In the Country of Begonia

As a traveller I once had to cross the country of Begonia. They really have a very strange custom there.

That is to say, on the streets and pathways of the country they don’t have any signs which could help you to find your way from village to village or from one town to the next. But at every crossroad there are flowers which you can ask in order to get directions from them. According to the way in which they give directions, one differentiates between point-around guides, point-away guides and point-toward guides.

The point-toward guides are especially pleasant for all those travellers who simply want to get to their destination as fast and as comfortably as possible. They tell you kindly where you should go.

The point-away guides are often crude and blunt in their speech. They can sound very spiteful. Nonetheless, they can also be very useful. They tell you where you should definitely not go, so that you will keep misfortune and trouble at bay.

Last, but by no means least, are the point-around guides who speak to you in a peculiar way. They speak in riddles. They start to advise you to go one way and then continue with the other direction. They tell you about the destination, but not how you reach it. They ask you questions rather than give you answers. They tell you things, the sense of which you will not understand until later. Some travellers see what the point-around guides say as useless stuff. Yet others only find their destination through these guides.

Treasure Hunting

“In a land deep in your heart, there once lived a people which was as happy or unhappy as any people, and as rich or poor as any people, and as satisfied or longing as any people, and among them lived a boy who had a dream which many boys have: He wanted to search for a hidden treasure. Now this may not seem so peculiar, but this boy was lucky enough – or would you not call this lucky? – not only to have the dream of such a treasure but in fact to have found, in a secret hiding place in the garden, a key to just such a treasure. He had the key, the treasure belonged to him! But how should he find the treasure now, since he did not know where it was hidden? The boy sat down pondering.”

The Storyteller

Many years ago, there lived an old man in our country who knew how to tell so many tales that the people said about him: This man is an inexhaustible source. Yet more notably he had the gift of telling each tale in such a way that it became the story of the listener. Often the storyteller had many listeners, and sometimes, after one of his tales, he could hear them having a dispute, for each person felt deeply that the words had been chosen exclusively for him, while someone else claimed the same for himself.

People came to the storyteller with multifarious concerns. There was a mother who accused her son of being dull and inactive. And her son replied that, since she was always wandering restlessly about, he could not work. There was a woman who complained that she constantly had to admonish her husband not to drink so much. And her husband said, only when he was drinking could he bear her habit of complaining. There were children who ate too much or too little, there were the sick who wished to recover, and those who were suffering and hoped to be freed from pain. There were couples, who wanted to come together, and others who wished to separate, and many other people who addressed him with their needs. He was able to help all of them in one way or another.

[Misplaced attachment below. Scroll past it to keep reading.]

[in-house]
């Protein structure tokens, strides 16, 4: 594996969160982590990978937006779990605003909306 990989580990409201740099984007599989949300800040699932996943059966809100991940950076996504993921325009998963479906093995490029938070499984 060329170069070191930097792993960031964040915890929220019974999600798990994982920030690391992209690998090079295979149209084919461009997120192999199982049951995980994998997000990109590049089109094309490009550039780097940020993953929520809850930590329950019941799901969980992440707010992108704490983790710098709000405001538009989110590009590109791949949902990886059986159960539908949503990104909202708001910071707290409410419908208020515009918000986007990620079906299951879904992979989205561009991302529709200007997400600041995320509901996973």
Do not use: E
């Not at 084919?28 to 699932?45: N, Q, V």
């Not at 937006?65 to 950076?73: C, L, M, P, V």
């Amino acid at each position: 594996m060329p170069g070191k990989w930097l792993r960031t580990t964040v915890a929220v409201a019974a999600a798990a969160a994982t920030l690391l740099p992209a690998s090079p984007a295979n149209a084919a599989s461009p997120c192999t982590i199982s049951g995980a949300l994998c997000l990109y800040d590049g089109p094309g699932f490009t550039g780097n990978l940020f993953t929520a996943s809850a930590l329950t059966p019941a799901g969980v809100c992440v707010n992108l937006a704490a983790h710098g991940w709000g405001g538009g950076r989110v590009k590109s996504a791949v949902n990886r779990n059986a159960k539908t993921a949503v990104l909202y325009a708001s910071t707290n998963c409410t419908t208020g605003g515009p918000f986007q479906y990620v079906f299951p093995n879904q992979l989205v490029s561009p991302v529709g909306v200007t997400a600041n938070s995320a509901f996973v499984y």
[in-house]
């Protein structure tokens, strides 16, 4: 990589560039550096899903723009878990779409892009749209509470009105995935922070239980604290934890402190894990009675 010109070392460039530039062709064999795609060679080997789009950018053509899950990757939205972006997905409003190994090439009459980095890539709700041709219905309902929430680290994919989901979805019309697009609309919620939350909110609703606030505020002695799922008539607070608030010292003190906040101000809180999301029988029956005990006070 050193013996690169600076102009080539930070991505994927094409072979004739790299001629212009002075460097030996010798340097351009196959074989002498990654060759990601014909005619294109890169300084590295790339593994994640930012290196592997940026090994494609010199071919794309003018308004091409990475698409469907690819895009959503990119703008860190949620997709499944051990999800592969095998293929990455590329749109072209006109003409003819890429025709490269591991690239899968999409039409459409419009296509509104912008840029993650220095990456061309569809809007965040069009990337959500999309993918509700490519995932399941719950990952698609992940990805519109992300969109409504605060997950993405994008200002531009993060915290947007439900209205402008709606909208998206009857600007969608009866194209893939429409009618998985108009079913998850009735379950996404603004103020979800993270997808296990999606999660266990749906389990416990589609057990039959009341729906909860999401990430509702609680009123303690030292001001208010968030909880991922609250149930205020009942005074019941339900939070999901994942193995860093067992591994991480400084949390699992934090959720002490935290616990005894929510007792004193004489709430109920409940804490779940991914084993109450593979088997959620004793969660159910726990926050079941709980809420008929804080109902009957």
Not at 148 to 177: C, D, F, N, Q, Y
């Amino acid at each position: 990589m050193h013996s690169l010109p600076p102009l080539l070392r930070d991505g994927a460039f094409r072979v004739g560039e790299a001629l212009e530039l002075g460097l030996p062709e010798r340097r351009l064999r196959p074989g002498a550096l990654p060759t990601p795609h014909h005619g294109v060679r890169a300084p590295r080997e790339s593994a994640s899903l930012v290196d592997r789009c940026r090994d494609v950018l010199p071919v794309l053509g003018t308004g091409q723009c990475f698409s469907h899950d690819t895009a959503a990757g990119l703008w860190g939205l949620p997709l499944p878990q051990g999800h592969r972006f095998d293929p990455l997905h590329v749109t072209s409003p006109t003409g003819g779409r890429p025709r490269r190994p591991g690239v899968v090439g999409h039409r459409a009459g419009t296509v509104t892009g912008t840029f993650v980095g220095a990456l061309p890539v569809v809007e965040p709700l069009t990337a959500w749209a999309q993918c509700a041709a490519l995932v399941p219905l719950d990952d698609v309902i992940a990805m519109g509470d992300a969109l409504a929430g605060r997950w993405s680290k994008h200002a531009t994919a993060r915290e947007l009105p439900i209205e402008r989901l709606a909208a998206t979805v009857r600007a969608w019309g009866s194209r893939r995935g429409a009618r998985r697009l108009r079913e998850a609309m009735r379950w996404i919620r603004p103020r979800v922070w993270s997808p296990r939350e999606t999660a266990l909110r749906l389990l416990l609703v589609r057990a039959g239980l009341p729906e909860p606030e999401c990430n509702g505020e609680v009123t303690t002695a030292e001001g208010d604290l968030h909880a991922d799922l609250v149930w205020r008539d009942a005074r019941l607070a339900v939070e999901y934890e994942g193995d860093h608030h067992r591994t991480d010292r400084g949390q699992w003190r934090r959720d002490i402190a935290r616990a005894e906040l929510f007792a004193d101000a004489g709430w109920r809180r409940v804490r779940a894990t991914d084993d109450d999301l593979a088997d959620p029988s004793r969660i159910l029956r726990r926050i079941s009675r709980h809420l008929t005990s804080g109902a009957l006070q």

One day a young man stepped up towards him saying: “I want to learn this art of yours.” The old man looked in his eyes. Those eyes told him about the desire of this young man, to be able to tell stories to free people from their sufferings. They also spoke of the young man’s fear that his wish could be denied, and that he would never have the opportunity to learn this art from its master. The old man nodded. “You can live with me as long as you are learning, and you can pay later if you are content with what you have learned. The young man was happy to hear this reply, and thus began his apprenticeship.

“First you need to learn to pay reverence to the stories”, the old man said to him. “Only he who can tremble from the power of a story can receive it with its full effect. You need to find within yourself the yearning for the word of release, for the word that frees, for the word which opens the doors and sends your listeners on a voyage. And you need to learn to be silent. The moment when your tale has its greatest force is the moment when it moves your listener and yourself with the greatest speed. This is when it must end, so you gain momentum and are flung on the path that it shows. – This is not true of all the stories”, he added wisely after a pause.

“You need to learn to feel the power of the words” he stated on another occasion. “One sentence does not have the same power as another. For mostly it is like this: Any word that is too much is taking away some of the story’s power. The contrary may be true for people who talk a lot without saying much: Their speech robs their listeners’ strength.”

“There are different powers within words” he once said. “Threatening and strengthening powers, and power that guides you on your search. All three are good. But you must know, which of the powers is contained in the story that you are telling.” All this the young man heard with curiosity and wonder. Yet he felt grieved to find that the old man did not tell him any stories. It even seemed as if his master hid his tales from him, and only told them when he was absent. At first he did not dare ask the old man about this. But with every day that passed by, his disappointment grew, and finally he decided to address this question. He had not yet opened his mouth when his master began to speak: